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of colonies on the Golan Heights, to negotiate with Israel, whether under the aegis of the U.S. or Turkey. The U.S. has not pushed Israel to do so. Saudi Arabia has continued to give political and moral support to bring peace and harmony to Iraq. During the last administration’s disastrously bloody conduct of that occupation of Iraq, the Kingdom was the first country to send humanitarian aid, including a field hospital to tend to Iraqis in Baghdad. The Kingdom was the first in bringing together the contiguous countries of Iraq to discuss how to help the Iraqis overcome their difficulties. The Kingdom was the first to bring together all the Iraqi political factions under the roof of the Arab League to discuss political reconciliation. In August 2004, the Saudi foreign minister proposed to then-Secretary of State Powell to replace U.S. and other troops with Arab and Muslim forces. Alas, he never received an answer. Would that have solved the problems of Iraq, today? Perhaps. But we shall never know. Now, the Kingdom keeps an equal distance from all of the Iraqi factions. Saudi Arabia works for and supports the establishment of an Iraqi government that represents all of the Iraqi people. The U.S. has committed itself to withdraw from Iraq next year according to the wishes of the Iraqi people. I suggest before they leave that Ms. [Susan] Rice seek a United Nations Security Council resolution, under Chapter 7 of the U.N. Charter, guaranteeing the territorial integrity of Iraq. This is the only way, ladies and gentlemen, to avoid civil war, ethnic cleansing, or the disintegration of Iraq. Internal political ambitions will be checked, and external territorial ambitions will be stymied. Saudi Arabia supports the Afghan government of President Hamid Karzai. It has hosted meetings between his government and the Taliban. It has provided financial and humanitarian aid to the Afghan people. King Abdullah has publicly promised continued aid. Who has President Karzai turned to in seeking help to end the fighting in Afghanistan? He turned to Saudi Arabia. During and after the London conference, the president specifically asked King Abdullah to help the Afghan people to come together. I have frequently proposed that the U.S. should bring together the Russian Federation, China, Pakistan, Afghanistan, India, Saudi Arabia, the United Kingdom and Egypt to put together a boots-on-the ground campaign to eradicate al-Qaeda, with each country providing its best capa28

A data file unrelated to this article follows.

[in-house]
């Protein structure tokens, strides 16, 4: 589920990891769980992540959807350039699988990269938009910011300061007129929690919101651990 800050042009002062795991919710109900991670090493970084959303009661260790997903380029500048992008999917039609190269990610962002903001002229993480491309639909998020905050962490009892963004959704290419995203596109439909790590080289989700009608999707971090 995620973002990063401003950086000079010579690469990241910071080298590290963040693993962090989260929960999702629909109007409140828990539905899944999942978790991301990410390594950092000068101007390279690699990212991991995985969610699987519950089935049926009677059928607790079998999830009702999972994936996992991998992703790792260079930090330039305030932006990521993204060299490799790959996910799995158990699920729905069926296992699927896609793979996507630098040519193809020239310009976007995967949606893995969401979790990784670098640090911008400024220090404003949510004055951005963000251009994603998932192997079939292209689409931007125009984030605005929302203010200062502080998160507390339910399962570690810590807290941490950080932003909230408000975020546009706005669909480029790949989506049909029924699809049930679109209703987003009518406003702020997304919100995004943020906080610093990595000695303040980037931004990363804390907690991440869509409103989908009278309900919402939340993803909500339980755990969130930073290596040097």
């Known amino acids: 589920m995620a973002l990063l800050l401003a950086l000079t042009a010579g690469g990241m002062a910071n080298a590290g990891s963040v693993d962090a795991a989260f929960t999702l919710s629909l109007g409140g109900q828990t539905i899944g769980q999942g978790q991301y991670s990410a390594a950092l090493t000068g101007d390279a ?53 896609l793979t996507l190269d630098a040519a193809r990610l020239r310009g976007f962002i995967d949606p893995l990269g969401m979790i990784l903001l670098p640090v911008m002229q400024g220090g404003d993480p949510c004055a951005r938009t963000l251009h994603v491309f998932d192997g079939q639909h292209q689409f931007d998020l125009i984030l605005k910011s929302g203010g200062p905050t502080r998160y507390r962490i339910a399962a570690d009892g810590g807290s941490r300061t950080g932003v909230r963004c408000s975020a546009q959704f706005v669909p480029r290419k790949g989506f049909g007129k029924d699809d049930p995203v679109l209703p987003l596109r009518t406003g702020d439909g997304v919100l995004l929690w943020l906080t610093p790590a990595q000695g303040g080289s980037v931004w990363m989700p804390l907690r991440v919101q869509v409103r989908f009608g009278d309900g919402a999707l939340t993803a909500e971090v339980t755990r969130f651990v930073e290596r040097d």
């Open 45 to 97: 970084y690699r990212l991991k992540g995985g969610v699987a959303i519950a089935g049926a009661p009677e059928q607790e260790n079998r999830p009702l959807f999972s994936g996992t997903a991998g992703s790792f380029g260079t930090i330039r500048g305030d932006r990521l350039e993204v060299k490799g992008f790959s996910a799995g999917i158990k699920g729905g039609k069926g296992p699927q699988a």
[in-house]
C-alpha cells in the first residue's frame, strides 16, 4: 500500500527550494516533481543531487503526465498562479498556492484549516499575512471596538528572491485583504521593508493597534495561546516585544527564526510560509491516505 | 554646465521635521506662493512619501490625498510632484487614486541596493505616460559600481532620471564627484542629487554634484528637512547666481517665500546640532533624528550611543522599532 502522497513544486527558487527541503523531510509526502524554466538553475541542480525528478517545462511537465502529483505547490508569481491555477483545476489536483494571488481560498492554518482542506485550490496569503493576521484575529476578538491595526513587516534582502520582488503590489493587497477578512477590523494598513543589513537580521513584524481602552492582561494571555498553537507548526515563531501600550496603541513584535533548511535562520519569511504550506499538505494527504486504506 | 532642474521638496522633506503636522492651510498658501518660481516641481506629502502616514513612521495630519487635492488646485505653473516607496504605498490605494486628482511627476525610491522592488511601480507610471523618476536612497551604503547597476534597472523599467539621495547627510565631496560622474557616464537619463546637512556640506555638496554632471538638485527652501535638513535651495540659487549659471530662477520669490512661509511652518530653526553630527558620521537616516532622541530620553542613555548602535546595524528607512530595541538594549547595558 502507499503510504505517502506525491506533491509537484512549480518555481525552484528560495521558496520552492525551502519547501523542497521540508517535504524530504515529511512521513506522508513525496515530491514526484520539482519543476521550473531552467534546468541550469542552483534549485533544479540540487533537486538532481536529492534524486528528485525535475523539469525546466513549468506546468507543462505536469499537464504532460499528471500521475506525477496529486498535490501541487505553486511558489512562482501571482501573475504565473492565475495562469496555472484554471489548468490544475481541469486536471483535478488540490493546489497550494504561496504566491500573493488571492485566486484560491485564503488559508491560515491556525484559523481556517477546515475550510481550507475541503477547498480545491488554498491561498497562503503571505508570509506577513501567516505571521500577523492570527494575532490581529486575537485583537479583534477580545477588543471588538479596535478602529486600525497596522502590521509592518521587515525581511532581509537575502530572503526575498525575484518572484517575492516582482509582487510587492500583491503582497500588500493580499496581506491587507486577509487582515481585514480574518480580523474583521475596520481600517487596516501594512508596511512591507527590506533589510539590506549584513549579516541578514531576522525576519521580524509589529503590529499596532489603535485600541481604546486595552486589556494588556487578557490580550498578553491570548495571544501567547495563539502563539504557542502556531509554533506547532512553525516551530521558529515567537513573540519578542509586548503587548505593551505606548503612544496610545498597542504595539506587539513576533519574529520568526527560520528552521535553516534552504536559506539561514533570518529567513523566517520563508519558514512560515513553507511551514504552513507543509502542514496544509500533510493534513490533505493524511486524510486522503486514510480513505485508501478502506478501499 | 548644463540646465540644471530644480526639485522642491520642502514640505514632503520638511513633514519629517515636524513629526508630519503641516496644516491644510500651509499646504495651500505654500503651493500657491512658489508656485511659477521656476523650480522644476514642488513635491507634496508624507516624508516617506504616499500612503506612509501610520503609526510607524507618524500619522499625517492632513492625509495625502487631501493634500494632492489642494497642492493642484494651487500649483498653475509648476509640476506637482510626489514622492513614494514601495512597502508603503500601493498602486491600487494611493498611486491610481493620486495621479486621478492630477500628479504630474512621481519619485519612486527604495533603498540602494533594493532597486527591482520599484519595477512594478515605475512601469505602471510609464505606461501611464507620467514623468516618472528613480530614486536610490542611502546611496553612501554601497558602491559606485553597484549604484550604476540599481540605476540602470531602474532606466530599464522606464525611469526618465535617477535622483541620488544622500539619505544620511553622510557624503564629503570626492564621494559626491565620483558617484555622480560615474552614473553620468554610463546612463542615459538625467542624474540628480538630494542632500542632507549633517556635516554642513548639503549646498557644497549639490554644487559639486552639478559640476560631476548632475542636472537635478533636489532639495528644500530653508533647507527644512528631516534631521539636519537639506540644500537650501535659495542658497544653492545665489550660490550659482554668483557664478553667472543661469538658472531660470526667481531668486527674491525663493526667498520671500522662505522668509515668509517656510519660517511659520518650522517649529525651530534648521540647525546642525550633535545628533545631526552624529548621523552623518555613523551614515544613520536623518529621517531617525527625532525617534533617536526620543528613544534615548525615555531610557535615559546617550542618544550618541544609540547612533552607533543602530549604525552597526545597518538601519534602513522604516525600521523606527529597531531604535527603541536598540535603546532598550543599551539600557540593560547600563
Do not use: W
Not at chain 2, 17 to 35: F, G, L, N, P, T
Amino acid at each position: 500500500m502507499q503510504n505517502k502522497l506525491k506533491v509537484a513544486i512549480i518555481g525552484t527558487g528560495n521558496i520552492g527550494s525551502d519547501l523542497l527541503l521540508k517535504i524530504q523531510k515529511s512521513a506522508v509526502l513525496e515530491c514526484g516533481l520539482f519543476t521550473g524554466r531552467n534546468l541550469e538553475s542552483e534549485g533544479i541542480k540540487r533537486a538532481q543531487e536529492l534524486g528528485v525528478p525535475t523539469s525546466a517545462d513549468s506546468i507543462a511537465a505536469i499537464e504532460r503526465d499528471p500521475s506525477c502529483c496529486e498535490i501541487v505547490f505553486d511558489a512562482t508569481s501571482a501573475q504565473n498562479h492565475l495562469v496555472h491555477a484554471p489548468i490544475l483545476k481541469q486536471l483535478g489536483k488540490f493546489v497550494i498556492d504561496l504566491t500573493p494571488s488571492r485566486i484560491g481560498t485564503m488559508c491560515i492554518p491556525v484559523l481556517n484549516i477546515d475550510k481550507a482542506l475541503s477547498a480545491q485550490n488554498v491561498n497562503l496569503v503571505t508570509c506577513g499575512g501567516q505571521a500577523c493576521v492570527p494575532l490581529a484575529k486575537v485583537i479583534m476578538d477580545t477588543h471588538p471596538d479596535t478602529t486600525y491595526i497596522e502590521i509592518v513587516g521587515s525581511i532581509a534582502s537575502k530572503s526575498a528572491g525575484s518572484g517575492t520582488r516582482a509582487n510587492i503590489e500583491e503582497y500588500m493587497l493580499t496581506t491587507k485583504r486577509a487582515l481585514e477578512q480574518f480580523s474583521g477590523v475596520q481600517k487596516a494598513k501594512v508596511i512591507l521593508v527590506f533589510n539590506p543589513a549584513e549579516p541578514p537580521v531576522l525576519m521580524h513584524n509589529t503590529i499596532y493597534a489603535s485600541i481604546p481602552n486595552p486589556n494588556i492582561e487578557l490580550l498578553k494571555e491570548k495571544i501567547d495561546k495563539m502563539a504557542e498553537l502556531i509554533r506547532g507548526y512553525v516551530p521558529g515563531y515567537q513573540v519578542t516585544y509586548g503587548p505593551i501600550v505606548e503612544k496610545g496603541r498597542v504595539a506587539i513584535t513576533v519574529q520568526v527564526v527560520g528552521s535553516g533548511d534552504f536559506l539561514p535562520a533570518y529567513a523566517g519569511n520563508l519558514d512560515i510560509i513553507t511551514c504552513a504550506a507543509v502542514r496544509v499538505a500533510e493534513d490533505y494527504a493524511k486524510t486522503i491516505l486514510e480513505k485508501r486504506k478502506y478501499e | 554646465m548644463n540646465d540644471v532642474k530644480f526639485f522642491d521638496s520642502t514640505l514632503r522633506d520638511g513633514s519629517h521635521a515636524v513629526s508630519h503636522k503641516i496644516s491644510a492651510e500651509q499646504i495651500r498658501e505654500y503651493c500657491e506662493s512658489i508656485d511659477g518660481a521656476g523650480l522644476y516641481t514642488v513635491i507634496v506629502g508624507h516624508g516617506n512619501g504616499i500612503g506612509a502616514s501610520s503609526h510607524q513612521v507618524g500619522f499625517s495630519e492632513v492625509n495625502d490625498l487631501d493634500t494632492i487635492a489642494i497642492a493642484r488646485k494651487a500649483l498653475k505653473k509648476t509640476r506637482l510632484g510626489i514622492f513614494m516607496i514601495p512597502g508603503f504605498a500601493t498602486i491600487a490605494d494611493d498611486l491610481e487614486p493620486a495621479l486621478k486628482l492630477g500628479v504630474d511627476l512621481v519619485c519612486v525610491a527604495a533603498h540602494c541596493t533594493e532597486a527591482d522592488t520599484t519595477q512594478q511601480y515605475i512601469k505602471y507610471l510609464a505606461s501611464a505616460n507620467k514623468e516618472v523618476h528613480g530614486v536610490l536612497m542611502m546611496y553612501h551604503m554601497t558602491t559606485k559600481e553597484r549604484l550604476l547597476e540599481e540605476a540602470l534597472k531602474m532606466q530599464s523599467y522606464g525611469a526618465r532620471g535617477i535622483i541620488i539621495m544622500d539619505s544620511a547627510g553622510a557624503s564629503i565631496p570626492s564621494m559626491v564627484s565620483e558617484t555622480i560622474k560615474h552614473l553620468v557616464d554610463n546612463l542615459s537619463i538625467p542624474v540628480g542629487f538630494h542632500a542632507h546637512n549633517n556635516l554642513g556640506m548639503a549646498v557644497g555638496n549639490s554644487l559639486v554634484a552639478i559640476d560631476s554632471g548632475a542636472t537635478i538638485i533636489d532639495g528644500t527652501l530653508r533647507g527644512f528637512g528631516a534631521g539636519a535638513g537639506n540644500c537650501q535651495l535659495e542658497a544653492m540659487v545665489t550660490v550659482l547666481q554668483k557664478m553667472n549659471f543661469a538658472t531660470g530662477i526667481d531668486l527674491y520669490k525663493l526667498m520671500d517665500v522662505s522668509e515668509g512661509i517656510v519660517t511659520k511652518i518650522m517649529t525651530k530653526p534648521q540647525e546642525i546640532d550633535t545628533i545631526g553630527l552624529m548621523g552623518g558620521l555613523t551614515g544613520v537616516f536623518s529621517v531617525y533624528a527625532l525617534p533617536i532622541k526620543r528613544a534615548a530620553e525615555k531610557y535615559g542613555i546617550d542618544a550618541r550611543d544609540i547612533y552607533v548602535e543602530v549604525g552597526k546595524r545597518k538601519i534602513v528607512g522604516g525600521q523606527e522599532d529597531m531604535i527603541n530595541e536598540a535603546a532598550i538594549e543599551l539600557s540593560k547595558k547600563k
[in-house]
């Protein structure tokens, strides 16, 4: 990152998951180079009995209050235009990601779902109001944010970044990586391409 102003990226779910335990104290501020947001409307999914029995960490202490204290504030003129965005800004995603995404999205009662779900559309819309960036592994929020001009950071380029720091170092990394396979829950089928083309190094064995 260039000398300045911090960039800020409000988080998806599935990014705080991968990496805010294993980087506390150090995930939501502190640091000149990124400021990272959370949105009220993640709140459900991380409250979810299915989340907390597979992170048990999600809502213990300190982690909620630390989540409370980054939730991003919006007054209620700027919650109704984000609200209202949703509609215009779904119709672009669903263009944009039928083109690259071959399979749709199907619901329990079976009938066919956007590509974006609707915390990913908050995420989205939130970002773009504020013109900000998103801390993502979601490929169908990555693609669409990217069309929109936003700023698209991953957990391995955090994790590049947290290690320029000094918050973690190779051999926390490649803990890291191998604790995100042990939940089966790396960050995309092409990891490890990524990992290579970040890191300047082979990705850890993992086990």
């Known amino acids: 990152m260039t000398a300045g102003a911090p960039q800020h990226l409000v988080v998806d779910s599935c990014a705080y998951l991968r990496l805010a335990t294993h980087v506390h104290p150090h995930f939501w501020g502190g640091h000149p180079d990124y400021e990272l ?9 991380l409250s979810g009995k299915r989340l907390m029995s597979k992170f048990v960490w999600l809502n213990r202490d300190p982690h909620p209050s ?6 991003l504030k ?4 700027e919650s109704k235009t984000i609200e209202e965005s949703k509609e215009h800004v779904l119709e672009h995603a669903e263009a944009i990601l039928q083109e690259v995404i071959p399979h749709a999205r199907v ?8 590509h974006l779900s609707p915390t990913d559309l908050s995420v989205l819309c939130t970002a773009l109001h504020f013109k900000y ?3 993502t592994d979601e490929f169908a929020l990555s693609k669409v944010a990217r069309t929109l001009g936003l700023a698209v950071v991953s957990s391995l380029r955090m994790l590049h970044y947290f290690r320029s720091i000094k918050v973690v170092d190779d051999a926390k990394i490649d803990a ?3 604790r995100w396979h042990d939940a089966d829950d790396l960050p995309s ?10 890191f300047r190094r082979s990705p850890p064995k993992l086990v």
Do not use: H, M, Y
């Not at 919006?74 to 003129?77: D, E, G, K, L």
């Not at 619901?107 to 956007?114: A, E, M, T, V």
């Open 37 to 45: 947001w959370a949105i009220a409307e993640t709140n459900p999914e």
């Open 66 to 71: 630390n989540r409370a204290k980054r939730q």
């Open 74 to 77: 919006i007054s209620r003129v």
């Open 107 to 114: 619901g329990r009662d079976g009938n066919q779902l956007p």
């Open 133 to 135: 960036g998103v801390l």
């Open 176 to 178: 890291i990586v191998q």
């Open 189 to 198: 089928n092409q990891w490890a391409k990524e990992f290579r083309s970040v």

bilities, whether financial, military, political, and intelligence. They would chase bin Laden and Zarqawi in the border lands of Pakistan and Afghanistan and, once they are captured or killed, then victory can be declared and the troops withdrawn from Afghanistan. That is the only credible way for the U.S. and NATO to justifiably withdraw their troops from there. The Afghan people don’t want to return to the rule of Mullah Omar. The foreign invader, today, draws their enmity and anger. Without that, the Taliban will have to contend with the reckoning of the Afghan people. The U.S. has declared that it will begin withdrawing next year. It continues to broadcast its military intentions, with the aim, presumably, of getting the civilians out of the combat zones. I am no military expert but I have read that surprise is the biggest element of success in any military campaign. That is precisely what the insurgency in Afghanistan achieves every time they ambush a patrol, or detonate an IED, or explode a suicide bomber. Surprise accomplishes success. Saudi Arabia has supported Pakistan financially and politically. The Kingdom shares intelligence and skills in combating al-Qaeda in Pakistan. Here, also, the Kingdom keeps an equal distance from all Pakistani politicians. But, ladies and gentlemen, as long as the U.S. continues its Predator attacks on Pakistanis, no matter how many Taliban or al-Qaeda members they eliminate, the results are inevitably counterproductive. The collateral damage in human lives and Pakistani national pride is far greater than the benefits.